People commonly use zinc for zinc deficiency, diarrhea, and Wilson disease. Zinc is also used for acne, diabetes, anorexia, burns, and many other purposes. There is some scientific evidence to support its use for some of these conditions. But for most, there is no good scientific evidence to support its use. There is also no good evidence to support using zinc for COVID-19.


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General information

Zinc citrate is available as dihydrate and trihydrate and is produced by complete neutralisation of citric acid with a high purity zinc source, subsequent precipitation and dehydration.

Zinc citrate is mainly used in dental care products such as toothpastes, mouthwashes and chewing gums due to its antimicrobial and anti-inflammatory effects and its ability to reduce or inhibit the formation of dental plaque and tartar. In pharmaceuticals, zinc citrate fights common colds. Zinc is increasingly used in food supplements, functional foods and beverages.

As an organic mineral source it is preferred in many applications over inorganic sources because of its superior bioavailability, physiological compatibility and nearly neutral taste compared to other zinc salts.

Among the organic zinc salts zinc citrate has one of the highest zinc content (31%).

Zinc citrate is supplied as a white to almost white powder. It is practically odourless, slightly soluble in water, soluble in diluted acid and practically insoluble in ethanol (96%). Zinc citrate has an inverse solubility.

Metal Salt Solutions

Metal ions with an affinity for sulfur are efficient in capturing the sulfur-containing gases. Zinc is an ion with two positive charges (Zn++), which will bind to the twice-negatively loaded sulfur radicals and thus reduce the expression of VSCs. The same applies for other metal ions such as stannous, mercury, and copper. Clinically, the VSC inhibitory effect was copper chloride > stannous fluoride > zinc chloride (CuCl2 > SnF2 > ZnCl2). In vitro, the inhibitory effect was mercury chloride = copper chloride = cadmium chloride > zinc chloride > stannous fluoride > tin chloride > lead chloride (HgCl2 = CuCl2 = CdCl2 > ZnCl2 > SnF2 > SnCl2 > PbCl2).172

Compared with other metal ions, Zn++ is relatively nontoxic and noncumulative and gives no visible discoloration. Thus, Zn++ has been one of the most-studied ingredients for the control of oral malodor.161,172 Schmidt and Tarbet127 reported that a rinse containing zinc chloride was remarkably more effective than a saline rinse (or no treatment) in reducing the levels of both VSCs (±80% reduction) and organoleptic scores (±40% reduction) for 3 hours.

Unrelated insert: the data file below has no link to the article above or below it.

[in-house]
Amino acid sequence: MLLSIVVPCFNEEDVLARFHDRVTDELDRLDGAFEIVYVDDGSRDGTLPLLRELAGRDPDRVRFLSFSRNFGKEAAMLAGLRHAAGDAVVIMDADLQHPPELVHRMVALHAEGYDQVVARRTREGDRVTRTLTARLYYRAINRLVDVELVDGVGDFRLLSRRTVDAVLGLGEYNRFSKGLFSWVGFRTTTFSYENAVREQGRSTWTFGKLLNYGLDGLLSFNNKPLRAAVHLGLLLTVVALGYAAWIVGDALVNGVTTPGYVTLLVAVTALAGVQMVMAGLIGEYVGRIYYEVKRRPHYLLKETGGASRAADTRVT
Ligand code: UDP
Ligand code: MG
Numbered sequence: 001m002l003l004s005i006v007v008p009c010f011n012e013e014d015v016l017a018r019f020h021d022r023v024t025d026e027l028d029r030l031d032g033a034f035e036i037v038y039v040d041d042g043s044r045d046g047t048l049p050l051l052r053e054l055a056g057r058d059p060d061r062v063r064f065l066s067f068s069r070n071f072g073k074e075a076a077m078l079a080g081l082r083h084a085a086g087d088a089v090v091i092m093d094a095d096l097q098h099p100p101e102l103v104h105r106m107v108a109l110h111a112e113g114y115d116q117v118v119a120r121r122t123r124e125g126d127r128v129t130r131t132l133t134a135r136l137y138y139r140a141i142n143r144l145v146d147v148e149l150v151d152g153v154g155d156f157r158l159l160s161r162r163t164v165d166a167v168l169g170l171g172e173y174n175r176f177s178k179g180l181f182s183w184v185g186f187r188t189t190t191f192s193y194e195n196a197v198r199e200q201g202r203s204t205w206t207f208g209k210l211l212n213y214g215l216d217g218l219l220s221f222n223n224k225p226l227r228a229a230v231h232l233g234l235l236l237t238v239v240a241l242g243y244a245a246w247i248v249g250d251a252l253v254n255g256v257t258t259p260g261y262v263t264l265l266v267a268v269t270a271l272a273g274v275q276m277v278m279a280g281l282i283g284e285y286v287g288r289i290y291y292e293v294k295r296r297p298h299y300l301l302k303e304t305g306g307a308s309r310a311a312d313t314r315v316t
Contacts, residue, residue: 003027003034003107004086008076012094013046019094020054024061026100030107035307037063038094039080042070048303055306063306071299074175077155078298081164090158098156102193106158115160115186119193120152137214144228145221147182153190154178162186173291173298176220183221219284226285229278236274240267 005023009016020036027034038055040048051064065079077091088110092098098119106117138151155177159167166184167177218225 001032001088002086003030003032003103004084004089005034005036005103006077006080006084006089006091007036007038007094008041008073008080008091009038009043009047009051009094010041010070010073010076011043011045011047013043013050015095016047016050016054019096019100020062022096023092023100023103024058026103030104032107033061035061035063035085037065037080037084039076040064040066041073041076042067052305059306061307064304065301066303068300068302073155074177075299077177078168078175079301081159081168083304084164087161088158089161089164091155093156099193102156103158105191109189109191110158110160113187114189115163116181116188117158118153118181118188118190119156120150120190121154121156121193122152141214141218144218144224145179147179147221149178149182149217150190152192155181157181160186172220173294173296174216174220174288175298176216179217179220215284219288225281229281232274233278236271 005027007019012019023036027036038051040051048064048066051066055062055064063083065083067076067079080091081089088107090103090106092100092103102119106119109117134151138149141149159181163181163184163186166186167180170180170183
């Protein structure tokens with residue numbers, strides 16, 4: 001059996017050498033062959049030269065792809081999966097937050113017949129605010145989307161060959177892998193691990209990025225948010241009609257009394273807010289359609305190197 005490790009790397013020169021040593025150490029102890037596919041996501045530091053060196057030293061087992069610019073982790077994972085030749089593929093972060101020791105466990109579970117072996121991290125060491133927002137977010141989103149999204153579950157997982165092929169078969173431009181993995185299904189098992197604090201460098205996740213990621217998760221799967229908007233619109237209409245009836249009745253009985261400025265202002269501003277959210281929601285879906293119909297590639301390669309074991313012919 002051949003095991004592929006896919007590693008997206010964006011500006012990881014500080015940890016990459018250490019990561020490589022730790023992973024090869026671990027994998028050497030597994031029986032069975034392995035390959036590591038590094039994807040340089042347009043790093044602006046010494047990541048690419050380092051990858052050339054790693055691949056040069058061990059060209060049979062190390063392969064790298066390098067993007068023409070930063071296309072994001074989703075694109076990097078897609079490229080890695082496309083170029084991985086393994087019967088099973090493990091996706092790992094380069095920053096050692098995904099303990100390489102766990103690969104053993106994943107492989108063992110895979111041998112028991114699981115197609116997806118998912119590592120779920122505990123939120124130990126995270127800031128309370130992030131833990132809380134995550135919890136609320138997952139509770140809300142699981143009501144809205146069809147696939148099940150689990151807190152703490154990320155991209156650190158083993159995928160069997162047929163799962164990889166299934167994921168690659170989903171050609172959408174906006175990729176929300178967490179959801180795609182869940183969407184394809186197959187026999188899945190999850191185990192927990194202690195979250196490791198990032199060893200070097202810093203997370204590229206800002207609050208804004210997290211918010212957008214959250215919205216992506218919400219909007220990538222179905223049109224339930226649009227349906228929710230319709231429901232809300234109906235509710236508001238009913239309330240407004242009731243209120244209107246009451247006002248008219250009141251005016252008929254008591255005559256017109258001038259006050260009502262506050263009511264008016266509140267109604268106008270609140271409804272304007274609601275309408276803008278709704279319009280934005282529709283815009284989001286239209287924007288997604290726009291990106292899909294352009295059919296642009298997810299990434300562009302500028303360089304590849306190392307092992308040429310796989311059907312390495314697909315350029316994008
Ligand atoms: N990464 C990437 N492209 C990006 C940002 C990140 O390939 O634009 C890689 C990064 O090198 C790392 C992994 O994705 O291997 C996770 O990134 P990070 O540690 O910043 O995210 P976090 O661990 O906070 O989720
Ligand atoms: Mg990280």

As mentioned, Halita, a rinse containing 0.05% chlorhexidine, 0.05% CPC, and 0.14% zinc lactate, has been even more efficient than a 0.2% chlorhexidine formulation in reducing VSC levels and organoleptic ratings.110,153 The special effect of Halita may result from the VSC conversion ability of Zn++, besides its antimicrobial action. The combination of Zn++ and chlorhexidine seems to act synergistically.171

Similar observations have been reported for a chlorhexidine-free mouthrinse. The addition of zinc ions to a basic formulation containing amino fluoride and stannous fluoride caused short- and long-term reduction of oral malodor indicators in volunteers with morning bad breath163,164 as well as in volunteers with obvious halitosis.22

In a study by Hoshi and van Steenberghe,52 a zinc citrate/triclosan toothpaste applied to the tongue dorsum appeared to control morning breath malodor for 4 hours. If the flavor oil was removed, however, the antimalodor efficacy of the active ingredients decreased. Another clinical study reported up to a 41% reduction in VSC levels after 7 days’ use of a dentifrice containing triclosan and a copolymer, but the benefit compared with a placebo was relatively small (17% reduction).90 Similar reductions were also found in two other more recent studies.53,89